Kia Sportage offers good power, features, value
By Jim Bray
It doesn't have a lot that's new for 2015, but Kia's Sportage "cute ute" SUV/crossover remains a compelling and competitive model in this crowded market niche.
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The Sportage is Kia's small SUV – as opposed to its big brother Sorento – and it goes head to head with such competitors as Hyundai's Tucson, the VW Tiguan, Mazda CX-5, Toyota RAV4, Nissan Rogue, Ford Escape etc. etc. ad nearly nauseam. It offers a lot of bang for your buck, as well as a good driving experience.
And isn't that what it's supposed to do?
Kia Canada's review sample wore the SX trim level, which is the top of the line and that means it's pretty well loaded with stuff. That brought its price up to about $32,700, which is pretty well right in there when compared to the competition that's equipped similarly. You can add more to the Sportage SX via the "SX Luxury package," which adds stuff like a "multimedia navigation system," premium Infinity stereo system, xenon high-intensity discharge headlights and heated rear seats to the mix and nearly six grand to the price, but the "base" SX is still equipped well.
The Sportage is one of the better looking of the cute utes, with graceful and modern lines, and its interior is typically Kia, which means it's actually one of the best there is these days. Since Kia hired designer Peter Schreyer away from the Volkswagen group their vehicles have made a huge leap in desirability.
At the Sportage SX's heart is a two litre turbocharged GDI inline four cylinder engine with dual-cam variable valve timing and rated horsepower and torque of 260 @ 6000 rpm and 269 from 1850 to 3000 rpm. This gives the little beastie plenty of oomph, though there's definitely some turbo lag when you first tromp on the accelerator pedal. It isn't enough to be a deal breaker, however - this is common with turbos - and when the power comes on with its typical turbo "whoosh" it's quite rewarding.
Base model Sportages get a normally aspirated 2.4 litre four cylinder engine that puts out 182 horses @ 6,000 rpm and 177 lb.-ft. of torque at 4,000. It's undoubtedly adequate, but not as "sporty."
The SX's power goes to all four of the 18 inch sport alloy wheels in this version ("lower" models can be had with front drive only – and you can even get a manual transmission, unlike with this particular trim level, unfortunately). The transmission is a six speed automatic and it shifts well.
The Sportage features independent suspension front and rear, with MacPherson struts and coil springs up front and a multi-link buttock. Both ends get stabilizer bars. The ride is comfortable but not mushy. The electrically-powered rack-and-pinion steering offers a nice, light feel.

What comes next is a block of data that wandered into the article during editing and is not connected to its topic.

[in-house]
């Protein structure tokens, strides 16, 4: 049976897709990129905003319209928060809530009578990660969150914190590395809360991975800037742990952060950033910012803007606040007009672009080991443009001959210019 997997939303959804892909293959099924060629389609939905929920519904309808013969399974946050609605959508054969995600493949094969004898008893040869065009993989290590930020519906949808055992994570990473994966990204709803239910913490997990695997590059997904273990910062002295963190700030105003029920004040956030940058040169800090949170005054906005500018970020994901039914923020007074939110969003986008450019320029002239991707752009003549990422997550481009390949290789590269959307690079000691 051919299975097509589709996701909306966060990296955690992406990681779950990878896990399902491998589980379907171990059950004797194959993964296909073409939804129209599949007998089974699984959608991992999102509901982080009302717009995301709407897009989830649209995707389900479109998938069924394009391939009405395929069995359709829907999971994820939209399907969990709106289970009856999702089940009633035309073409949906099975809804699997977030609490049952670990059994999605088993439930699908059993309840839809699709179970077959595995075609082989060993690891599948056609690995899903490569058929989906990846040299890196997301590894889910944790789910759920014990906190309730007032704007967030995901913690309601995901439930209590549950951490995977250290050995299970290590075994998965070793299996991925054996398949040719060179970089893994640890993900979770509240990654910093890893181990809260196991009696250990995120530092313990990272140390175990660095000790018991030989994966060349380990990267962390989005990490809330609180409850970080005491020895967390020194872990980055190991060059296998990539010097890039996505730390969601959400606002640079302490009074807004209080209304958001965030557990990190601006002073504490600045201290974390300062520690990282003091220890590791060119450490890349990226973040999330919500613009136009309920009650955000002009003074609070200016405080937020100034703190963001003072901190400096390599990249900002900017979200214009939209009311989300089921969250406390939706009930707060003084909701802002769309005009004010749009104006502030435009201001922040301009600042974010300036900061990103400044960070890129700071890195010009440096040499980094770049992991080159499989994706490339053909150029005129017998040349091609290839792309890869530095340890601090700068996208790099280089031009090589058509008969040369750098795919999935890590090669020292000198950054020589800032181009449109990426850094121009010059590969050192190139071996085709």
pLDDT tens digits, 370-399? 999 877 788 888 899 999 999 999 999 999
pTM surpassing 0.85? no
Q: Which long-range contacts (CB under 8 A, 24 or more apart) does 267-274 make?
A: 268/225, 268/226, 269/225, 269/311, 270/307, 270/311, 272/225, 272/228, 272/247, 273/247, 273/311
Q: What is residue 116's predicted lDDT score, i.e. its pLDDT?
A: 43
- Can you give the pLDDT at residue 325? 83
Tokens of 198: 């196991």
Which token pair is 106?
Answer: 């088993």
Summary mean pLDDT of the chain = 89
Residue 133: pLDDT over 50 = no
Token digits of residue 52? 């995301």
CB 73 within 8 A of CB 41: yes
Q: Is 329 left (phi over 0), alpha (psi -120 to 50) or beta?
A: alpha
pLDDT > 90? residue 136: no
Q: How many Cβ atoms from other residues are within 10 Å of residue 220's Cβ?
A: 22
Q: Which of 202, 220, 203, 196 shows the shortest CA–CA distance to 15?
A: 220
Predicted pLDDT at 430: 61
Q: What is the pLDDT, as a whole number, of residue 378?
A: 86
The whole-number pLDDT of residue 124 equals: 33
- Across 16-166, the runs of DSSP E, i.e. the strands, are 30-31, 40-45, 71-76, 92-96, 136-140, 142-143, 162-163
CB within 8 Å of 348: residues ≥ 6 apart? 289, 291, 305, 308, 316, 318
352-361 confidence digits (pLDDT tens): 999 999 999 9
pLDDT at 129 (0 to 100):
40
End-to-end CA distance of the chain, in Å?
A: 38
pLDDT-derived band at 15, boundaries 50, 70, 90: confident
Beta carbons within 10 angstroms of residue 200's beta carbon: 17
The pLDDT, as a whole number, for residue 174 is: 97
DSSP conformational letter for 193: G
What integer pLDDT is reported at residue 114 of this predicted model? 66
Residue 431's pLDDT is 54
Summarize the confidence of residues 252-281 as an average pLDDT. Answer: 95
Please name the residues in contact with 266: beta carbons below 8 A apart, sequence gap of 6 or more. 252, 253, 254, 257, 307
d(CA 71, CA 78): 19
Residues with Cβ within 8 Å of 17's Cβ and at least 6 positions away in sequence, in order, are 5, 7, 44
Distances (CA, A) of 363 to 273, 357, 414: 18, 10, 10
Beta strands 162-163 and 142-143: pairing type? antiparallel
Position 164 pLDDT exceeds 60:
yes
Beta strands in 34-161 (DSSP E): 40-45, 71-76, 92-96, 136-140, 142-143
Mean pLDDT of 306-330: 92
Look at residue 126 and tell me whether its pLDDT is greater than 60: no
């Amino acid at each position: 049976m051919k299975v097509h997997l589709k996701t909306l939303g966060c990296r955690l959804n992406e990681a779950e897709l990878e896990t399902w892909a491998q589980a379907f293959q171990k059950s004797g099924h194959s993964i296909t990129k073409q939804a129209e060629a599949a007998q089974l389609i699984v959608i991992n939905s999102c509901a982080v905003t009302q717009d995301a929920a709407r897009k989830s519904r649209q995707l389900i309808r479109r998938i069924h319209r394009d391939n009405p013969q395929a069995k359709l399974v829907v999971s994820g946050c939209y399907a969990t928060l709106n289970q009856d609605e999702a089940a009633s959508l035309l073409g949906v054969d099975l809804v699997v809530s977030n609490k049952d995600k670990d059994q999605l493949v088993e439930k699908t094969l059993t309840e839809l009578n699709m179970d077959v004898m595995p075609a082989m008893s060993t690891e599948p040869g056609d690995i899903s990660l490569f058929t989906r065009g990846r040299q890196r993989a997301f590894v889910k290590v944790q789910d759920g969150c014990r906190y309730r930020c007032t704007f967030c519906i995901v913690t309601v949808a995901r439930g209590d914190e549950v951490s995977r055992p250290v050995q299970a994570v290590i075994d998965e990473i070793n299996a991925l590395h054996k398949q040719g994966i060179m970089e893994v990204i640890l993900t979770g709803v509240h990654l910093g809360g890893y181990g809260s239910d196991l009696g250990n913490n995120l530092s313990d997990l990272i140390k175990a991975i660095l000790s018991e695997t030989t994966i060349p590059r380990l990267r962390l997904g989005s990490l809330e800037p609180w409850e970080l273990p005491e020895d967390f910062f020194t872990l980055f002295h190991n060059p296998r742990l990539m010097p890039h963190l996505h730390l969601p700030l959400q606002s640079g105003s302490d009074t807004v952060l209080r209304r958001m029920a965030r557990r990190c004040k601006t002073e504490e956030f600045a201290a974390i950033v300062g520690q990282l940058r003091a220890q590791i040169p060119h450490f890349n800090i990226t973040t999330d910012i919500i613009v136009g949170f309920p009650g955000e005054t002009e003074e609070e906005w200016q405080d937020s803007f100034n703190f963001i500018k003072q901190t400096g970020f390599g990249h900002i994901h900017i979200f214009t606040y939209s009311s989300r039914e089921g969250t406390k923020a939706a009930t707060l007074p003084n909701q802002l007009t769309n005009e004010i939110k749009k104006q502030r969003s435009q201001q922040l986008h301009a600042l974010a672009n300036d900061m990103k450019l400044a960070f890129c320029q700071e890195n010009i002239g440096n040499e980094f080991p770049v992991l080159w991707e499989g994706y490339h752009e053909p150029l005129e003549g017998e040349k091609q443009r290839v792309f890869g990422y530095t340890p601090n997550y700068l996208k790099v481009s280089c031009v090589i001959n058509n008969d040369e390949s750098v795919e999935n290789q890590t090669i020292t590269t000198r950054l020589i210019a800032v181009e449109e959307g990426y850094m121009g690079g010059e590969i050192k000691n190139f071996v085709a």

Adding to the Sportage's "sportage-ness" are dual exhausts and LED daytime running lights. Also standard are power-assisted four-wheel disc brakes with ABS, brake assist, a downhill brake control and hill start assist. There's stability control as well, and all Sportages are equipped with projector-type headlights. The SX trim level also gets a unique grille and a few other exterior tweaks.
I never quite made peace with the driving position, though it's only a small complaint. The seat seemed a tad tall for me (and my stubby little legs), but the tilt/telescoping steering wheel and power seat came pretty darn close to offering positioning paradise. The seats are quite comfortable and even though they're fabric they offer bun warmers.
Despite being able to be optioned up further, the SX Sportage comes with just about all the technology you could want short of the nav system and upgraded stereo. It "sports" smart key/push button start/stop, which is always a bonus, and of course you get Bluetooth for audio and phone. The standard sound system is decent and easy to figure out – Kia's current interfaces being among the best. And of course there are steering wheel-mounted audio, cruise and phone controls, and power windows all around (with driver's one-touch operation).
There's decent storage space in the Sportage as well, which of course is only right for such a vehicle, and you can split/fold the rear seat 60/40.
The Kia Sportage starts at a reasonable $22,995 Canadian for the base LX trim level model, with front wheel drive. If you go for all the gusto Kia offers for the Sportage, the price rises to about $38,500 which is a decent chunk of change. For that amount, however, you're getting a decent chunk of vehicle - fun, handsome and practical and loaded with just about anything you could really want, including a lovely panoramic sunroof.
Sounds like a winner.
Copyright 2015 Jim Bray
Jim Bray is a member of the Automobile Journalists Association of Canada. His columns are available through the TechnoFile Syndicate.
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